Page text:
School Suspends Girl
For Casting Spell -
Makes Teacher Ill
By Ben Fenwick
OKLAHOMA CITY (Reuters) - An Oklahoma high school suspended a 15-year-old student after accusing her of casting a magic spell that caused a teacher to become sick, lawyers for the student said on Friday.
The American Civil Liberties Union said it had filed a lawsuit in U.S. District Court in Tulsa, Oklahoma, on behalf of student Brandi Blackbear, charging that the assistant principal of Union Intermediate High School in Broken Arrow, Oklahoma, suspended her for 15 days last December for supposedly casting a spell.
The suit also charged the Tulsa-area Union Public Schools with repeatedly violating Blackbear's civil rights by seizing notebooks she used to write horror stories and barring her from drawing or wearing signs of the pagan religion Wicca.
``It's hard for me to believe that in the year 2000 I am walking into court to defend my daughter against charges of witchcraft brought by her own school,'' said Timothy Blackbear, Brandi's father. His daughter is now a 10th grader.
Joann Bell, executive director of the ACLU's Oklahoma chapter, said the ``outlandish accusations'' had made Blackbear's life at school unbearable.
``I, for one, would like to see the so-called evidence this school has that a 15-year-old girl made a grown man sick by casting a magic spell,'' Bell said.
A lawyer for the school district declined to comment.
The lawsuit, filed on Thursday, alleges that Blackbear was summoned to the office of assistant principal Charlie Bushyhead last December after a teacher fell ill, and was questioned about her interest in Wicca.
According to the lawsuit, Brandi Blackbear had read a library book about Wicca beliefs and, under aggressive interrogation by Bushyhead, said she might be a Wiccan. In fact, Blackbear is a Roman Catholic, according to the newspaper Tulsa World.
``The interview culminated with Defendant Bushyhead accusing Plaintiff, Brandi Blackbear, of casting spells causing (a teacher at the school) ... to be sick and to be hospitalized,'' the lawsuit said.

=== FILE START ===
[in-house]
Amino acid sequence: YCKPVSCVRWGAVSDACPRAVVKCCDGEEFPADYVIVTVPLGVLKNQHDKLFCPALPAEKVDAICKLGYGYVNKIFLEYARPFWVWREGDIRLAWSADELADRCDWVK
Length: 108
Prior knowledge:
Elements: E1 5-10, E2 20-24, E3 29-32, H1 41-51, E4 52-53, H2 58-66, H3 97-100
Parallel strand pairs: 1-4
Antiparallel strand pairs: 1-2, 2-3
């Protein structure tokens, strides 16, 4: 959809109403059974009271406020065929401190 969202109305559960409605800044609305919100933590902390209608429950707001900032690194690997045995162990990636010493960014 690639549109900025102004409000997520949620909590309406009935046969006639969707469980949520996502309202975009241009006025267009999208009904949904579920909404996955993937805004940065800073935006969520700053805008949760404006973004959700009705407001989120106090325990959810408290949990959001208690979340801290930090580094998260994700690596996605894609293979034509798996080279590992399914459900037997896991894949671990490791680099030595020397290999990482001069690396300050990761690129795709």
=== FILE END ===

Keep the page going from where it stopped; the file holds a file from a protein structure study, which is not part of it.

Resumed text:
The lawsuit stated that because of the ``unknown cause'' of the teacher's illness, Bushyhead advised the 15-year-old girl ''that she was an immediate threat to the school and summarily suspended her for what he arbitrarily determined to be a disruption of the education process.''
Doug Mann, the school district's attorney, declined to comment, saying laws protecting the school records of juveniles barred him and the district from responding outside of court.
``It's totally unfair that we are gagged by federal and state law and they can say anything they want,'' Mann said. ``If the parents will sign a release for what's in the girl's files, we will talk about the true facts.''
The lawsuit alleged Blackbear's civil rights also were violated when school officials prohibited her from wearing or drawing in school any symbols related to Wicca, a religion that dates back to pre-Christian nature worship.
The ACLU is seeking an undisclosed amount of punitive and financial damages for Blackbear, a declaration that the school violated the girl's rights, an injunction preventing the school from banning the wearing of any non-Christian religious paraphernalia and an order expunging her school record.
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